MAJOR development plans for sites in Preston will never see the light of day - but their demise could kickstart more redevelopment in the city.
Applications were approved almost a decade ago to rip down historic buildings to make way for hundred of homes and community facilities.
An application to bulldoze part of the Alstom engineering site in Ashton to make room for more than 200 homes was given the green light in 2008, but that permission is now defunct because no movement has been made by the applicants.
Permission for family homes and student accommodation at the former Goss Graphics site was also granted in 2008, but has since lapsed, with a new use for the site now in place by the University of Central Lancashire.
Another of the plans which is now defunct is an application for two apartment blocks on the site of a former warehouse in Manchester Road, including 14 flats and three retail units.
The applications have been cleared from the desks of Town Hall bosses, which leaders say will make way for new development in the city.
Coun Peter Rankin, leader of Preston Council, said: “These are out-dated planning applications from as long ago as 2006 when, of course, there was a totally different market and mind-set.
“Since then, Preston has grown from strength to strength with the £430m City Deal and major investment in the city centre such as the Bus Station, Markets Quarter and Preston Guild Hall.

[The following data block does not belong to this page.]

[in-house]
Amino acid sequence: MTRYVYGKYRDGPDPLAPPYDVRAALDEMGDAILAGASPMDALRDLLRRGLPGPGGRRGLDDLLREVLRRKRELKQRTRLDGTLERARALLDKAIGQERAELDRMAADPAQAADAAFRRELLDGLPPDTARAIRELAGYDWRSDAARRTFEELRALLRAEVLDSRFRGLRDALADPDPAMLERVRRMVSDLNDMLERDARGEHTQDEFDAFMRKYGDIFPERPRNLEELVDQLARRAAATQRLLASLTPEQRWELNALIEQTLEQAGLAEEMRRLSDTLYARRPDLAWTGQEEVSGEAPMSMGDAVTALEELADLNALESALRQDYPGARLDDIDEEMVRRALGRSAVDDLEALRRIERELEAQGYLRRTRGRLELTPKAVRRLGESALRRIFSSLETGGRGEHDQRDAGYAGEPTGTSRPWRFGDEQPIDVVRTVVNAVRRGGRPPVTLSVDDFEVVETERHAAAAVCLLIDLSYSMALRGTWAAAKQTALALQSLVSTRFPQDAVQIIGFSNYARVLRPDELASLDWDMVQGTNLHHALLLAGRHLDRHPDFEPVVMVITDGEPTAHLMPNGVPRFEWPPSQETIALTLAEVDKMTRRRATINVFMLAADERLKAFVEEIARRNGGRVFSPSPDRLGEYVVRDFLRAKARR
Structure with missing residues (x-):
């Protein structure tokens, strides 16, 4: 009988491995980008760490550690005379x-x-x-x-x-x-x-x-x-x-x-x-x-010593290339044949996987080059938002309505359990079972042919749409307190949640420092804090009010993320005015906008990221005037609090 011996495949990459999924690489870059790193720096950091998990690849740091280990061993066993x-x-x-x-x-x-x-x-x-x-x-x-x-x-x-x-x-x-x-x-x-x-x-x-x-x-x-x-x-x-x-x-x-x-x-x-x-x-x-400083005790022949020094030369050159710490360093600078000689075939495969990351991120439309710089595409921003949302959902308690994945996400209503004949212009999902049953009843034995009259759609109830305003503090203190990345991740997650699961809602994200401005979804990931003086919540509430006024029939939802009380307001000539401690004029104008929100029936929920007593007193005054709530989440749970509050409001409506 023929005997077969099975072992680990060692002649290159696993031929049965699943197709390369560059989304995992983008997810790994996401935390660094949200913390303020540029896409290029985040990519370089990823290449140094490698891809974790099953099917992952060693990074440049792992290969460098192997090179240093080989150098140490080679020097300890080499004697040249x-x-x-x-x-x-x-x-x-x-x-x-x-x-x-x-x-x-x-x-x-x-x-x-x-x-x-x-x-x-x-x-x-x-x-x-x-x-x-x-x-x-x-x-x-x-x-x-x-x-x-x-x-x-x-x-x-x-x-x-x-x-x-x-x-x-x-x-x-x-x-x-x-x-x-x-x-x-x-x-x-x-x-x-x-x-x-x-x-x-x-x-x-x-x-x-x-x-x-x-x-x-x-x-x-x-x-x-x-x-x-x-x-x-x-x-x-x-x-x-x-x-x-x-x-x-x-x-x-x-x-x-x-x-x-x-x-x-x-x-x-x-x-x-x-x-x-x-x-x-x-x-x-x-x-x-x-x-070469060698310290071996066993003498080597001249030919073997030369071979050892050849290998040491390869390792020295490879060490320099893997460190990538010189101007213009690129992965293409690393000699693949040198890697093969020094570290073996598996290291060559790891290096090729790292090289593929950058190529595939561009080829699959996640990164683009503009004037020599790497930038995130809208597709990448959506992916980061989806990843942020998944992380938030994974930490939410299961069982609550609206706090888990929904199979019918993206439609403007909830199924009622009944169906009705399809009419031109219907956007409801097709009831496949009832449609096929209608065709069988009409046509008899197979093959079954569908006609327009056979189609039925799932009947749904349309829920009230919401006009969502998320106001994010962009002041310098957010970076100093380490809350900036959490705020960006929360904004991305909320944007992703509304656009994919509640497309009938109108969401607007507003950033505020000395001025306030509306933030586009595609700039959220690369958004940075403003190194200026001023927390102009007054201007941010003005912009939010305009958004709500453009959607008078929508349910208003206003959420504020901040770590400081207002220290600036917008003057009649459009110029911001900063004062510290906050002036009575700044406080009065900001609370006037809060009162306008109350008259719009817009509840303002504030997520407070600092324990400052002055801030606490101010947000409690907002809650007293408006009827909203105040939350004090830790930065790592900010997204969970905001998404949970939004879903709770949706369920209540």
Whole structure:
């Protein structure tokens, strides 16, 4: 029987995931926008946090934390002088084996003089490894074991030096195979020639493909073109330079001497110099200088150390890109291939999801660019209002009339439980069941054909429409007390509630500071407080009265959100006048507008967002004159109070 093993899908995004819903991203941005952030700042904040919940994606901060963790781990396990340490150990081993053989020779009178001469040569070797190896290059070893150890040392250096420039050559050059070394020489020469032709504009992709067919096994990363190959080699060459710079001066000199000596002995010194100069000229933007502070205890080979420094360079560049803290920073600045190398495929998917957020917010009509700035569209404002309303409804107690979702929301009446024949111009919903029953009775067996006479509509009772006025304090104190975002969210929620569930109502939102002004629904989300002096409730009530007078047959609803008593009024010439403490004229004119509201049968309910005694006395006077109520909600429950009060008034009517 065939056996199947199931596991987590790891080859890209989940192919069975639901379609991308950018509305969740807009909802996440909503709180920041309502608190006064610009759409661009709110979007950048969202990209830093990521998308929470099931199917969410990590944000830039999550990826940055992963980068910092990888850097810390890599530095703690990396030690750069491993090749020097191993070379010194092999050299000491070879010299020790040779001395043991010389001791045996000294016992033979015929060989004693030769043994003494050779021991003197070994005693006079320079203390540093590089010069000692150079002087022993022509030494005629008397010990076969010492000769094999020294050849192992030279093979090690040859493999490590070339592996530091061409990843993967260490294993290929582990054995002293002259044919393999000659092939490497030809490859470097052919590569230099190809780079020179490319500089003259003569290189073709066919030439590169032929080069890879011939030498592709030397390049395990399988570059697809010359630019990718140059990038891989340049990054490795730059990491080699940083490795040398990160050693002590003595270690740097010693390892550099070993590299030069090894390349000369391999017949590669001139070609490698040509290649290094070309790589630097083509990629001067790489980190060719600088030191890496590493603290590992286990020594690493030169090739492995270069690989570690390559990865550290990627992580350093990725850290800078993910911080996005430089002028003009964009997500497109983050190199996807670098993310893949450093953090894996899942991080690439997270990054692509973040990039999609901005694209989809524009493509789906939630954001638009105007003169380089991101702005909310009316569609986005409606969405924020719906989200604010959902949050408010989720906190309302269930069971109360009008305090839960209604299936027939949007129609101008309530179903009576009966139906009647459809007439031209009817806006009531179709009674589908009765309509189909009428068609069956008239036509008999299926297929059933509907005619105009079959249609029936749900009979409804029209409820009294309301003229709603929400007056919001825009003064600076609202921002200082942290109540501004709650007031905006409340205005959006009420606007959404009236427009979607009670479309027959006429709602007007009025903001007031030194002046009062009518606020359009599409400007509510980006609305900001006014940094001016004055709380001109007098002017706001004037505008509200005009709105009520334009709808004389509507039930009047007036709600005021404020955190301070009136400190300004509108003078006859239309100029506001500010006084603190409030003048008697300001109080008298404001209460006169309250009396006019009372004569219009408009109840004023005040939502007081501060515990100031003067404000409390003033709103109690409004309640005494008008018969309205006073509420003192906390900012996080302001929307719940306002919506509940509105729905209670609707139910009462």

“It’s good practice to close down planning permissions that simply have no prospect of delivery and could even put off potential future development at those sites.
“It’s a mark of the growing confidence in Preston that we are proactively doing this - opening up all opportunities for the future whatever they maybe.”
Paul Walton, director of Preston-based PWA Planning, said the development proposals were drawn up ahead of the recession and are now “not where the market is”.
He said apartment developments were “still a challenge in urban areas” with the exception of major cities, and said: “Mass private-rented in Preston, for example, is just not where the market is at the moment.
“If it were viable and made a reasonable return in investment it would be done, I don’t think there’s any doubt about that.”
He said Preston Council was under pressure after it emerged the authority did not have a five-year supply of housing land, and said: “If the land supply incorporates sites that have very little chance of coming forward, they will be criticised heavily for that.
“This is all about reviewing their forward housing supply which is a sensible thing for them to do.
“And in the long term it will result in other sites coming forward for development and that will be a benefit to Preston.”